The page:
That is why, when Kleptus and I moved into what we dubbed “the War Room” from “the Armpit Office”, we made the most of it: we plastered tileboard EVERYWHERE. Add a conference room table, a bunch of chairs, and a leather couch, and we had a command center for GreenHouse Energy and Builders to operate in.

Then, we introduced Scrum.

Scrum is not — as it might sound — a new strain of Swine Flu; rather, it is an agile project management methodology. In my experience, Scrum is best applied with liberal whiteboards. My teams — which, by the bye, are kicking ass — have all their progress project-by-project slapped on the wall of the War Room every day. These notes are then photographed and inserted jumbo-size into the Google Doc of notes from the Daily Scrums. Business Owners can peer into these notes whenever they desire; they can’t, however, come interrupt a Daily Standup Meeting (though they do). Battle Plans are drawn. Logistical Nightmares. BHAGs. The best is when we as a Team can point at a couple square feet of wall and say “those were the stack-ranked priorities, and we got them all done”.

For my Scrum-certified sisters and brothers out there, who are undoubtedly gouging their eyes out with the edges of their Story-and-Task sticky notes, their velocity and burndown charts, and their accurate-information-filled Scrum boards, I say you this: results are the fruit of Scrum, and measurable, incremental, agile steps forward from the Sprint the week before are the hallmark of change management, not a wholesale paradigm shift. No organization has embraced Scrum as wholeheartedly as GreenHouse has, because the benefits are too numerous to mention — and too nebulous right now to say it is true Scrum traction. But daily communication, weekly due dates, and almost a month of proto-Scrum under our belt has produced phenomenal results, and I am very honored to be a member of the three Teams that I am a part of at my workplace. We get iiiissshhhht done.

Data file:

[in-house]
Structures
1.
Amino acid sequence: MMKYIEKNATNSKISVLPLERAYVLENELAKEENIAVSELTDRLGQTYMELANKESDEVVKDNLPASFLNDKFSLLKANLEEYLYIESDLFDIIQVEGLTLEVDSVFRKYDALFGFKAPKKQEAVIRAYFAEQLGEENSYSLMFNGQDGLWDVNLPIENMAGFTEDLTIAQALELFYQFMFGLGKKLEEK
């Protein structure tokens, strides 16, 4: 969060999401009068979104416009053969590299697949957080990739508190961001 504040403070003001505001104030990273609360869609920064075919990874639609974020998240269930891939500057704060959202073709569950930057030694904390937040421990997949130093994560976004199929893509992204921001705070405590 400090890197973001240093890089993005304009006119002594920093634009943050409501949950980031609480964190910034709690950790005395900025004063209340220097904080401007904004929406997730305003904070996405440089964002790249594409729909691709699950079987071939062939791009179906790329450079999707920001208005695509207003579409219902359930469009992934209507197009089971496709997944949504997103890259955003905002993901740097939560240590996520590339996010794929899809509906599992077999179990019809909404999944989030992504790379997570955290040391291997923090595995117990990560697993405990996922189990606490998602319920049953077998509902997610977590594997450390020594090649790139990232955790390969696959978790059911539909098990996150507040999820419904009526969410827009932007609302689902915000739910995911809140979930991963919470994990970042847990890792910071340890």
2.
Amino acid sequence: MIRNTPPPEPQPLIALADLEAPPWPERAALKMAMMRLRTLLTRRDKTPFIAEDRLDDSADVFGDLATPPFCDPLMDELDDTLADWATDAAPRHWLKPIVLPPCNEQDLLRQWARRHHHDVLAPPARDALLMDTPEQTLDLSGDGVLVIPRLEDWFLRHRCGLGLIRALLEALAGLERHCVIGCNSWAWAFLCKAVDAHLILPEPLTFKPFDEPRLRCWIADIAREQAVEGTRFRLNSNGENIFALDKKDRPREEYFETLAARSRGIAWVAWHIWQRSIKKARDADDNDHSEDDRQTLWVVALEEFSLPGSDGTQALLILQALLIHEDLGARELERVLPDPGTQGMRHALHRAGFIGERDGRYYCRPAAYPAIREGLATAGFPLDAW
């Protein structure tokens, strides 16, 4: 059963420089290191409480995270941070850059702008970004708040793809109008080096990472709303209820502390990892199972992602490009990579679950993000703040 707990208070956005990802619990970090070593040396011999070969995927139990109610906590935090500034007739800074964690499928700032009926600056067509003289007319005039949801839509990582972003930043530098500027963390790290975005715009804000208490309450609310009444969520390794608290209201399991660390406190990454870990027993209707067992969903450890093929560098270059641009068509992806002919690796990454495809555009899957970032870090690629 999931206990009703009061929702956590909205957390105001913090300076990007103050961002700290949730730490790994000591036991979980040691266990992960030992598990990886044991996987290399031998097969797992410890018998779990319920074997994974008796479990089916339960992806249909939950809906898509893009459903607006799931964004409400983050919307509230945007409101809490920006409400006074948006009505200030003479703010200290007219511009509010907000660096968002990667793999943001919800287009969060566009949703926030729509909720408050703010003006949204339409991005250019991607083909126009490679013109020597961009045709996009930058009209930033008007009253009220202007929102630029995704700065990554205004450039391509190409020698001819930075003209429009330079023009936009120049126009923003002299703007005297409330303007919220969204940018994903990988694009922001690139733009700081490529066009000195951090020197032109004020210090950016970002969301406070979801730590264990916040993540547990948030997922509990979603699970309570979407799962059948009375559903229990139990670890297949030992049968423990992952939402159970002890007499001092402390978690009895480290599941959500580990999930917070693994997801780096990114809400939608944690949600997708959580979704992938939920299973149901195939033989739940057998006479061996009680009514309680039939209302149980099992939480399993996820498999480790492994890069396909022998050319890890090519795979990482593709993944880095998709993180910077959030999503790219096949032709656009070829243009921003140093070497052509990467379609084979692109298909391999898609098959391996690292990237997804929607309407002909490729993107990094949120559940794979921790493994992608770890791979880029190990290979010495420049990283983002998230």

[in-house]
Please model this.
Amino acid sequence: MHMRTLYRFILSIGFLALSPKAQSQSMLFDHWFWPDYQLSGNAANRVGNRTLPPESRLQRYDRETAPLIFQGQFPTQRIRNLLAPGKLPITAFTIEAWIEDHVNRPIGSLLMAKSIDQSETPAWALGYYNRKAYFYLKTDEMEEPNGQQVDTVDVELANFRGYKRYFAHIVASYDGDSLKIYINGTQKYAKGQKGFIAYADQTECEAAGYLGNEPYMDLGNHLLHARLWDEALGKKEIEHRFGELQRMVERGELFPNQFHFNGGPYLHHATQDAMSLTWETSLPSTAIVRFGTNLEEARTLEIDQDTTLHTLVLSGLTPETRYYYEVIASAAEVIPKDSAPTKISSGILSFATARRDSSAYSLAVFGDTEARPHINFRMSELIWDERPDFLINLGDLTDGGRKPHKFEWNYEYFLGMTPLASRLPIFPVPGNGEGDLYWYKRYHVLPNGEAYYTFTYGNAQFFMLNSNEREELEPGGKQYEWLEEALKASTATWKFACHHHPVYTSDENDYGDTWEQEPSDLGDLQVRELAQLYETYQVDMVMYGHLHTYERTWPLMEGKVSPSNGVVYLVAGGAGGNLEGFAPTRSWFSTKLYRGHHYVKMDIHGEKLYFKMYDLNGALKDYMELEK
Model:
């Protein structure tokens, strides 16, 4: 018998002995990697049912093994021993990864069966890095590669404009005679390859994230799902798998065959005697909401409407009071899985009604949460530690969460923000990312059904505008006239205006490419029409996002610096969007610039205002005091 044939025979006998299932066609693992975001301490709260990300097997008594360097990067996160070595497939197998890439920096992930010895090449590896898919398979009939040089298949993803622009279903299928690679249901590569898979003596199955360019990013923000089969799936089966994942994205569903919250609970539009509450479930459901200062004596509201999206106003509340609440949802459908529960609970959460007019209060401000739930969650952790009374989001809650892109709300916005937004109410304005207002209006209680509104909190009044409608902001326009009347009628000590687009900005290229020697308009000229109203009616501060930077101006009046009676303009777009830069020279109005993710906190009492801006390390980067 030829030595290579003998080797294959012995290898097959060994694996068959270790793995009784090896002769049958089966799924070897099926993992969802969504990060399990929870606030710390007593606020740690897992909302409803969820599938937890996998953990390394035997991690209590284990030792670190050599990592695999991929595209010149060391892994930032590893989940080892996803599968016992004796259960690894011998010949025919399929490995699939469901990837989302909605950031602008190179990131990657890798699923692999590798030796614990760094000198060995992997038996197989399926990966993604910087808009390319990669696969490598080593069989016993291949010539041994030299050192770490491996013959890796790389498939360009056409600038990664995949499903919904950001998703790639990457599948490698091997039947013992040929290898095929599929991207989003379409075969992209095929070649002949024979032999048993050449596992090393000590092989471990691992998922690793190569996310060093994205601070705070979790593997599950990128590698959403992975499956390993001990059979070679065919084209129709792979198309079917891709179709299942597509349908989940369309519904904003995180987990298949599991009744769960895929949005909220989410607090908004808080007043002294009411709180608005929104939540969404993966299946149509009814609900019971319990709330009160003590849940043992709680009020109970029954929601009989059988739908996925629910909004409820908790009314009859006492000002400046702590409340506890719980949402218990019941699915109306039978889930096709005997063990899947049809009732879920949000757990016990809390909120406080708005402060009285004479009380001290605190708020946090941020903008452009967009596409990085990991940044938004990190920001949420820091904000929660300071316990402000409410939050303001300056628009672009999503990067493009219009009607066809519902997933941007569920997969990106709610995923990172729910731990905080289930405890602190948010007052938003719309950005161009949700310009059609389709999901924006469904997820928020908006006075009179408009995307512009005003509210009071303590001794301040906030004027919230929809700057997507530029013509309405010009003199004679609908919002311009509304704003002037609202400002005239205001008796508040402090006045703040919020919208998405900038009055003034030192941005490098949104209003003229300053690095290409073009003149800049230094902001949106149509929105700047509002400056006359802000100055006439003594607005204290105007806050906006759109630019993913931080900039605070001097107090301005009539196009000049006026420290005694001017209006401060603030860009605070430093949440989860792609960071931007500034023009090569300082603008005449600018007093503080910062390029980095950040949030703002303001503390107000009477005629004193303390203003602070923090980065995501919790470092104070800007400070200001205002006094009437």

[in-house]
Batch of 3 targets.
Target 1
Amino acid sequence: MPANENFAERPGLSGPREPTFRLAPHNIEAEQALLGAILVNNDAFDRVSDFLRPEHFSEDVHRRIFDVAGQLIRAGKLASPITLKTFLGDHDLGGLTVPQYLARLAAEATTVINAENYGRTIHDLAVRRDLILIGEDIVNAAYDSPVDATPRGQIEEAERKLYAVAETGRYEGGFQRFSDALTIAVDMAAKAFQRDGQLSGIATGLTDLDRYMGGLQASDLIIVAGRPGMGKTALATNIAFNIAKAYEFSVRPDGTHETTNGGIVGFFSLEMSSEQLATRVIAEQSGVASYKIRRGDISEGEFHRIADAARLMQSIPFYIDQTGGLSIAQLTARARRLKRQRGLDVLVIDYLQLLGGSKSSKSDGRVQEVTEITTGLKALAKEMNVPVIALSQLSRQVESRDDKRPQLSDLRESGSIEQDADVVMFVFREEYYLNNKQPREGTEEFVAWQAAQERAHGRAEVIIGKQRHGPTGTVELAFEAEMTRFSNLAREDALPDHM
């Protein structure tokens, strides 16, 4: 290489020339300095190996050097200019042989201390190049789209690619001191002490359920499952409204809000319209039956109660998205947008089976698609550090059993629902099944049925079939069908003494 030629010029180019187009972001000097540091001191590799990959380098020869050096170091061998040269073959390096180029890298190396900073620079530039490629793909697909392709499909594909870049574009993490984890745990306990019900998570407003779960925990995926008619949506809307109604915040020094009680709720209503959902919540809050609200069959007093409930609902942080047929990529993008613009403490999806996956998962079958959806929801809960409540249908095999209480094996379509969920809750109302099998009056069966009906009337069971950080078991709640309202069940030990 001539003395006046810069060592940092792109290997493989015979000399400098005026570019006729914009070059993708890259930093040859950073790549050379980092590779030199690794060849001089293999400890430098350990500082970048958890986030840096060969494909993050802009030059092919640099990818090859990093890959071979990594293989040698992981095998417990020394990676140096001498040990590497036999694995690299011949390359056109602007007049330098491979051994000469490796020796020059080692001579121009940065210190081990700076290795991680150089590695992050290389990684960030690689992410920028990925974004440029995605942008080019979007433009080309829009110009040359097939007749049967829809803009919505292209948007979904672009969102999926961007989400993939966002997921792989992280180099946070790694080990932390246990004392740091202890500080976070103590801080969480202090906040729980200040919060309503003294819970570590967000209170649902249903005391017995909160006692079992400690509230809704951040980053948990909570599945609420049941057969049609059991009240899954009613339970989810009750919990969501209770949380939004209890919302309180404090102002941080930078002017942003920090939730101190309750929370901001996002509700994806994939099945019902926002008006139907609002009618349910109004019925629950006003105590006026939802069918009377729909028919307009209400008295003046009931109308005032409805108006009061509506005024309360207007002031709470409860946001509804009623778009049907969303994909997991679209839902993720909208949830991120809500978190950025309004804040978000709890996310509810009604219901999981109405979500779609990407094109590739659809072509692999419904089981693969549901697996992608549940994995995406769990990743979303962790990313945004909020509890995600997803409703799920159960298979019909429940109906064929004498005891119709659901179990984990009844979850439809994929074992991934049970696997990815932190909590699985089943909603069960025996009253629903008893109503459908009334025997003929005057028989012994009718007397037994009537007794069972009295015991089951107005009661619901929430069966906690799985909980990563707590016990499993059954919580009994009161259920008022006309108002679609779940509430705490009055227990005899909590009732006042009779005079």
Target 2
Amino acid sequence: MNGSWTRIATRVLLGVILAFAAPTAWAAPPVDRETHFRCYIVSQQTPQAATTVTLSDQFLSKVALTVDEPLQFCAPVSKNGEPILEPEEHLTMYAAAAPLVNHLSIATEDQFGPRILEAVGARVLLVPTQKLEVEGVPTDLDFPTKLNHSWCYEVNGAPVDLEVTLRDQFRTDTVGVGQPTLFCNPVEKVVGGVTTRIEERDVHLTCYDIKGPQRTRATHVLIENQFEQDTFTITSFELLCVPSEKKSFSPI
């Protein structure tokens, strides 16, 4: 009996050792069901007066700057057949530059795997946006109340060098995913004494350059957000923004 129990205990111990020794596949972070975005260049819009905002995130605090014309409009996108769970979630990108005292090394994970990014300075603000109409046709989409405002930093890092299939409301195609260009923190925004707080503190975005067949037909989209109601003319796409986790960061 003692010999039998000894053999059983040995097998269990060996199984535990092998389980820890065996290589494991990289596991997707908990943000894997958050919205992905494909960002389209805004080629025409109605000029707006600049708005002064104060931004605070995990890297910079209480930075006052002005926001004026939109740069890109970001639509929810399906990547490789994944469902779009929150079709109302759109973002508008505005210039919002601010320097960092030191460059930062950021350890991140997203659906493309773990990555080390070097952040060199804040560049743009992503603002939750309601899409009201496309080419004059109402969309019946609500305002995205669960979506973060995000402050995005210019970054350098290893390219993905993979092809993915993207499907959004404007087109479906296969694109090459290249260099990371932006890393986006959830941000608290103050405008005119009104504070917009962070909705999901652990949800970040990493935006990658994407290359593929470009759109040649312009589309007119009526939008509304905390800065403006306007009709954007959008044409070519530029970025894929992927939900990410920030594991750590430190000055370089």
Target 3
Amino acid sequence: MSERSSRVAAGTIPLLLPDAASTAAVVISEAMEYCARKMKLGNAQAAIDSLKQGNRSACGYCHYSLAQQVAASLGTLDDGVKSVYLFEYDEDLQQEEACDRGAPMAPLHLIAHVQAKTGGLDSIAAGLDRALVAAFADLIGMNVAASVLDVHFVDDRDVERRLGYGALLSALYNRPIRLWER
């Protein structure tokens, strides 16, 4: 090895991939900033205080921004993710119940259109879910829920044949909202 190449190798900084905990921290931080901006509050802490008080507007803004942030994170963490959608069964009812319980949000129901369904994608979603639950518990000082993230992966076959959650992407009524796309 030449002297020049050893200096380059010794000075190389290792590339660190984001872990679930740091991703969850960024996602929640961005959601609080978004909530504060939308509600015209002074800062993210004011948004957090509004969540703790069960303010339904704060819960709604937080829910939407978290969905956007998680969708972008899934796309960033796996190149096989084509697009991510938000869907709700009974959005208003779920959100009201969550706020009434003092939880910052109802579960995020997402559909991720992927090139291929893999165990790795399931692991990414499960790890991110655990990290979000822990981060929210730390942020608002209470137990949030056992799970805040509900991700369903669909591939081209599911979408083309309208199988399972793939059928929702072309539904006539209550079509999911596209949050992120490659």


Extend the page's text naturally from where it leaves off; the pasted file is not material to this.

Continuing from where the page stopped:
So the point of this personal blog post — and from whence the title is derived — is the fact that I have a whole two bedroom, one bath house to myself, and I had this dream I had a formal dining room where I could have sit-down dinners and invite people over to enjoy themselves. You know, stemware, matching silverware, whorederves, etc. I just hung two framed whiteboards in my dining room. I think I will measure and install hidden screws behind them so I can take them down and quickly hang thrift store art in case I need to “be formal” in that room, but for now, my dining room is my personal War Room. Whiteboards galore. My laptop and a printer and broadband Internet. A conference (dining) table for six in case I need a bigger Team. What works at work is sometimes the best way to get things done at home. Personally.

BACKLOG OF THINGS TO DO:

  1. Use your War Room
  2. Feasibility Study and Stack Ranking
  3. Sprint

My Blog is — apparently — my Whiteboard. Keeps me honest, agile, and communicating!

Comments
  1. Senpai says:

    Nice to see you’re back!